Labelmate Busta Rhymes added his own special touch to a re-working of Bill Withers 1977 "Lovely Day" which evolved during sessions for the album: "Marcus Miller was working on this track and I started singing pieces of "Lovely Day" and we made it into a new groove. I sent the track to Busta the day before he was due in the studio. The session was for 5:00pm. He walked through the door at 4:54pm and laid it on down. It was great working with him." Working with rap and hip-hop star Foxy Brown on the upbeat "If It Ain't One Thing," was "a downright party!" says Luther. "She creates an atmosphere that's so festive in the studio and she's so sassy! I love her, she's such a good spirit and we had a ball working on the song."

Tunes like "Think About You" mix old school and new school styles while "Right In The Middle" - with an all-star backup vocal unit that includes Cissy Houston, Tawatha Agee, Cindy Mizelle and Brenda White-King - is the kind of soulful tune the legion of die-hard Vandross fans have come to expect from this peerless vocalist. Rounding out DANCE WITH MY FATHER are "Buy Me A Rose," a revival of a Kenny Rogers tune, produced by Shep Crawford.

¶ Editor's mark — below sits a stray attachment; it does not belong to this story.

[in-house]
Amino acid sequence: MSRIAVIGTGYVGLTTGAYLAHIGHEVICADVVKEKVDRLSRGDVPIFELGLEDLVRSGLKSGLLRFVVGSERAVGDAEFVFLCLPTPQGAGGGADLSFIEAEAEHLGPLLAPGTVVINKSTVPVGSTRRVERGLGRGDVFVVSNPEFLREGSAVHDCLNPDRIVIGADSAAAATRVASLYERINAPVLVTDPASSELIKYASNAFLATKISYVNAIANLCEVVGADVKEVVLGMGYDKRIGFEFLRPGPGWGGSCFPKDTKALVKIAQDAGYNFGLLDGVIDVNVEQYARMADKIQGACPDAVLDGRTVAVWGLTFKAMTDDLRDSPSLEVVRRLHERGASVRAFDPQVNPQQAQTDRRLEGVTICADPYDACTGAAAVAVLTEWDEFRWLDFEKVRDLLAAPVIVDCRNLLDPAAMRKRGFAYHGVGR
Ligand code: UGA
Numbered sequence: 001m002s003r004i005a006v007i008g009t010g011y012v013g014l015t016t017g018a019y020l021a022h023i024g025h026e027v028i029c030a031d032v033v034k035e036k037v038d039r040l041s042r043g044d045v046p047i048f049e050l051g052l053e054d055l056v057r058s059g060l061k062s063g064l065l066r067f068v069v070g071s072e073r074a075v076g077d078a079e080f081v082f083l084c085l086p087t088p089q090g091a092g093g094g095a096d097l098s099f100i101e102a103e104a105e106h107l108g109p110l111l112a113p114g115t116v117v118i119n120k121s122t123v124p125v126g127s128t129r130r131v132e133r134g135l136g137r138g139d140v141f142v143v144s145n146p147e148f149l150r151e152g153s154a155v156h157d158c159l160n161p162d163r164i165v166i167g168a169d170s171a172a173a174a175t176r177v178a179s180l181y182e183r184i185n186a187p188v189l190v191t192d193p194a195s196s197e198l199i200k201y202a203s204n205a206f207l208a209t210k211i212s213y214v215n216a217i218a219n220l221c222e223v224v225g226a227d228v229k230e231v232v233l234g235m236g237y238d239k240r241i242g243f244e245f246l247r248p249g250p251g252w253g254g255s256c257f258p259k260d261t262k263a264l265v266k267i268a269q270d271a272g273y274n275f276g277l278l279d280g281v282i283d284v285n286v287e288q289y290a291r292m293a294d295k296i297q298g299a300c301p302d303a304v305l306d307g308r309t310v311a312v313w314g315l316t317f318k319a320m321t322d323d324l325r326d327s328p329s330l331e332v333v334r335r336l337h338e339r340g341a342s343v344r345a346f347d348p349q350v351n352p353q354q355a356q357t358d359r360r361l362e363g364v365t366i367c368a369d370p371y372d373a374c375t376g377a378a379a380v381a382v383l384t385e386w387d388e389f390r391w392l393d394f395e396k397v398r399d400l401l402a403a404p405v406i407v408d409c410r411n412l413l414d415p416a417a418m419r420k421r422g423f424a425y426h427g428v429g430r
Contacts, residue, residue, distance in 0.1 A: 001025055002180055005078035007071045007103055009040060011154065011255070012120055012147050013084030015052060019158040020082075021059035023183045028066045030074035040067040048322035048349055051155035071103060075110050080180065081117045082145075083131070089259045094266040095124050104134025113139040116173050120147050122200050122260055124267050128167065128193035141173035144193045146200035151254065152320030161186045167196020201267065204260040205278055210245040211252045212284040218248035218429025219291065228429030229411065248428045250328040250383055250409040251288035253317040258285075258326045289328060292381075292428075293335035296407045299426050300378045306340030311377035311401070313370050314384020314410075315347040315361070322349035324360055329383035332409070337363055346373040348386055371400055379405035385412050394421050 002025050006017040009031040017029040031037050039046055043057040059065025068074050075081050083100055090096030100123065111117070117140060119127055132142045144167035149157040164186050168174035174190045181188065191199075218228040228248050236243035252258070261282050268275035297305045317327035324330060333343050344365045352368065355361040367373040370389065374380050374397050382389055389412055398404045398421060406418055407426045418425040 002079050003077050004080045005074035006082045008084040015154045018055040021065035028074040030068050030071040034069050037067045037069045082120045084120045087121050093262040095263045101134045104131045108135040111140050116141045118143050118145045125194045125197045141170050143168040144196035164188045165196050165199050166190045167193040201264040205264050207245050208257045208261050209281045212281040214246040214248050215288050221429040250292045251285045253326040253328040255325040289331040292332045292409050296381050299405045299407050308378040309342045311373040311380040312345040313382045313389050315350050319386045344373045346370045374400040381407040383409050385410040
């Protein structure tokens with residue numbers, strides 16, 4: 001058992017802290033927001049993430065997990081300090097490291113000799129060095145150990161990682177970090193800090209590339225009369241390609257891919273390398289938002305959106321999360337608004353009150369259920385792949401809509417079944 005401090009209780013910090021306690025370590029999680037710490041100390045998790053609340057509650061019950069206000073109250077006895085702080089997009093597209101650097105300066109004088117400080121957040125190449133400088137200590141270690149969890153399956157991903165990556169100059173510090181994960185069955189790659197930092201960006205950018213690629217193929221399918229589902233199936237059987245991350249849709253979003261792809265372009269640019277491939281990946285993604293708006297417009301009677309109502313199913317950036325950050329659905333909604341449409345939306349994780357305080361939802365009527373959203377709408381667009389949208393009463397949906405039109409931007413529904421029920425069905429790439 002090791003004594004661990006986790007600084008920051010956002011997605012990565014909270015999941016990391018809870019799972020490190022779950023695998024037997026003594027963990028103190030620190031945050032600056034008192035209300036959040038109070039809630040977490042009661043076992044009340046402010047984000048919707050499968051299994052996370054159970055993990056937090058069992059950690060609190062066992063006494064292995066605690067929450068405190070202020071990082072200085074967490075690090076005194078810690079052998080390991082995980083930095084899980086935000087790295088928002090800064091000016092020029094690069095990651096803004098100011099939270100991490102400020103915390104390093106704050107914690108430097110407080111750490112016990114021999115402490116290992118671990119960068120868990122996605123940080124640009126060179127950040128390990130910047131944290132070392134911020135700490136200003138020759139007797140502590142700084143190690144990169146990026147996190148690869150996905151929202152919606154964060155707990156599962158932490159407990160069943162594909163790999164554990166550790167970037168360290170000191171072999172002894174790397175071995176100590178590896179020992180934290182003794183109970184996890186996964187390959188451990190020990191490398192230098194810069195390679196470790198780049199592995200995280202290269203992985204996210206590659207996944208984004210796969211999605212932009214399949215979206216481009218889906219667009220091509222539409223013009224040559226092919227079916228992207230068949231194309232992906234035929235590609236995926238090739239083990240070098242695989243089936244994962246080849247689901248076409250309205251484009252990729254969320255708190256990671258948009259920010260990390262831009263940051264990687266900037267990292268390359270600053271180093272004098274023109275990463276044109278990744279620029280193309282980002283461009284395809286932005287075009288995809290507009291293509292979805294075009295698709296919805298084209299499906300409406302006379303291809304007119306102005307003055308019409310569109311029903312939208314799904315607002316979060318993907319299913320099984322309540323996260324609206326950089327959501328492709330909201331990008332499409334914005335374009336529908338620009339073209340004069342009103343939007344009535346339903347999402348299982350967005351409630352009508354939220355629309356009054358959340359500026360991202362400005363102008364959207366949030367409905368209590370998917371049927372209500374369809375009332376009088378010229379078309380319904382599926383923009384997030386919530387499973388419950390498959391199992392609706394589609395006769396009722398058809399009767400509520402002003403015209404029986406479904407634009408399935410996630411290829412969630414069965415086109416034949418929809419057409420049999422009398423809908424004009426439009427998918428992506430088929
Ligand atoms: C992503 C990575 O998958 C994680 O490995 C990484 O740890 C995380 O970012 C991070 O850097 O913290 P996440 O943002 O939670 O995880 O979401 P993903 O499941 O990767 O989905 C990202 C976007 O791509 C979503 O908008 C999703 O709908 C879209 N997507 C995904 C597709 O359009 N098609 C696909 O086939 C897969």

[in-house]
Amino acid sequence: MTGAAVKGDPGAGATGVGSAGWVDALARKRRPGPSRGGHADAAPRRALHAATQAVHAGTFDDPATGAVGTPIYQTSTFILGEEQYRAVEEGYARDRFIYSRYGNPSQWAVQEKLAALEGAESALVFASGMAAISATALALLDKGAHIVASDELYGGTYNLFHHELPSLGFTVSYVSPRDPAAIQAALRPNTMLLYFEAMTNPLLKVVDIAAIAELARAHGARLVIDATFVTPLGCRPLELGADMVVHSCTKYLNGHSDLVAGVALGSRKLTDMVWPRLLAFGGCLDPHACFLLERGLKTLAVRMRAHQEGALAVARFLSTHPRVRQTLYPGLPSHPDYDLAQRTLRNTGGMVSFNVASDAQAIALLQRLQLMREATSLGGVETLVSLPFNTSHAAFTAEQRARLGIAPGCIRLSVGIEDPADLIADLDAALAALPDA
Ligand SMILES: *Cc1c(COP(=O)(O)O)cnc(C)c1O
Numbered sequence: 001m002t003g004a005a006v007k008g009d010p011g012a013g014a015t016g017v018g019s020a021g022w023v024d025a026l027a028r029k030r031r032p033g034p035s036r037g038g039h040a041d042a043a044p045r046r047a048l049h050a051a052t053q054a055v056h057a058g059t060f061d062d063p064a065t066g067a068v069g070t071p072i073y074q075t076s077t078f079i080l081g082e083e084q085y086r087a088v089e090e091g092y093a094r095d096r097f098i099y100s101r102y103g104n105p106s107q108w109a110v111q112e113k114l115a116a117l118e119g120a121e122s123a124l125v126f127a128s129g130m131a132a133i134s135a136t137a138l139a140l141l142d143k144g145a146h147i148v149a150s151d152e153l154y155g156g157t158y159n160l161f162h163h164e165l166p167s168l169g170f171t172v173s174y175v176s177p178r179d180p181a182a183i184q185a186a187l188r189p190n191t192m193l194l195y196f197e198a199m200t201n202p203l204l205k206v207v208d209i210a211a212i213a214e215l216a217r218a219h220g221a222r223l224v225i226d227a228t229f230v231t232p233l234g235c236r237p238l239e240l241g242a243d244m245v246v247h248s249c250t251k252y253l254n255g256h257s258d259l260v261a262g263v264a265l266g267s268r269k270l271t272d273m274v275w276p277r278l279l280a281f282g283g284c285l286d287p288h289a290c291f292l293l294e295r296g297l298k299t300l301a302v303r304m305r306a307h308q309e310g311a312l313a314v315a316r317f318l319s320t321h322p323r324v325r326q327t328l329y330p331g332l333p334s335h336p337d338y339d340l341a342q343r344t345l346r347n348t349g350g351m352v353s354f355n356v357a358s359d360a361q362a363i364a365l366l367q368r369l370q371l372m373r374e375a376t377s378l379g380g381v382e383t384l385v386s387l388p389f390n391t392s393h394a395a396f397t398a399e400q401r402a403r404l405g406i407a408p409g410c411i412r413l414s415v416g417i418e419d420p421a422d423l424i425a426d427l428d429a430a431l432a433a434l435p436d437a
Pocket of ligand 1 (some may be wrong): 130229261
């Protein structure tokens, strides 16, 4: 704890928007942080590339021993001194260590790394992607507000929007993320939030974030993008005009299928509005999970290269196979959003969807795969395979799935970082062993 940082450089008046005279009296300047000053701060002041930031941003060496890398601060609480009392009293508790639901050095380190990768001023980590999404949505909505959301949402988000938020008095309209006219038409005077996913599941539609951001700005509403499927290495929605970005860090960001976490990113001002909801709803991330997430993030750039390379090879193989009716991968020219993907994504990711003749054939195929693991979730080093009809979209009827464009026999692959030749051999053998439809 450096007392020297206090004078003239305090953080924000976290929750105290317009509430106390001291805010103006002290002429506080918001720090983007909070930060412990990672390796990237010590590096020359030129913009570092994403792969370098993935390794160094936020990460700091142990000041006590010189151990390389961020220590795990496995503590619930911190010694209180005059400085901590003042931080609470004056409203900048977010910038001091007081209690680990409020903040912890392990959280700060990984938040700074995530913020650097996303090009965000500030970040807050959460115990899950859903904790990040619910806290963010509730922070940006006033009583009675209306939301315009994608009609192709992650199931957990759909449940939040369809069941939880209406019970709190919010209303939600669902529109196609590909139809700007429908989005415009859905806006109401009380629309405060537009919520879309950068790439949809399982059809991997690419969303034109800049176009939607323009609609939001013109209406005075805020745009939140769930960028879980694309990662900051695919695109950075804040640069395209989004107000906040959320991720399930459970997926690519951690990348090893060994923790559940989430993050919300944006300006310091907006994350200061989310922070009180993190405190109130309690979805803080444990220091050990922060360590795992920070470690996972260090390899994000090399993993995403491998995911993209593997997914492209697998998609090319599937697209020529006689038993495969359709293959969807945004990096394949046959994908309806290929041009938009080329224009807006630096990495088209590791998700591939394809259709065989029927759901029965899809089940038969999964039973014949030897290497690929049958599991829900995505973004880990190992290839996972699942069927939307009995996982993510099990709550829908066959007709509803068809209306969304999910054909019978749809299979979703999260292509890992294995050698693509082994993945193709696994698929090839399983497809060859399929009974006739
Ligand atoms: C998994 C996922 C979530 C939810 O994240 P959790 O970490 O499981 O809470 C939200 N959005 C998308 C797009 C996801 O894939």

DANCE WITH MY FATHER is the latest triumph for a singer who like a handful of superstars is immediately identifiable by first name alone. Check Aretha, Whitney, Mariah, Diana and Dionne on the distaff side and when it comes to male vocalists, the list is far shorter. One name towers above the rest in any discussion on black male singers whose impact and influence has been unparalleled. Say the name 'Luther' and record buyers the world over respond immediately. The fact is, Luther Vandross remains the pre-eminent black male vocalist of our time. The five-time Grammy winner, whose cumulative global sales top over 25 million copies, has been offering his distinctive brand of satin smooth vocal magic to international audiences year in and year out for over two decades.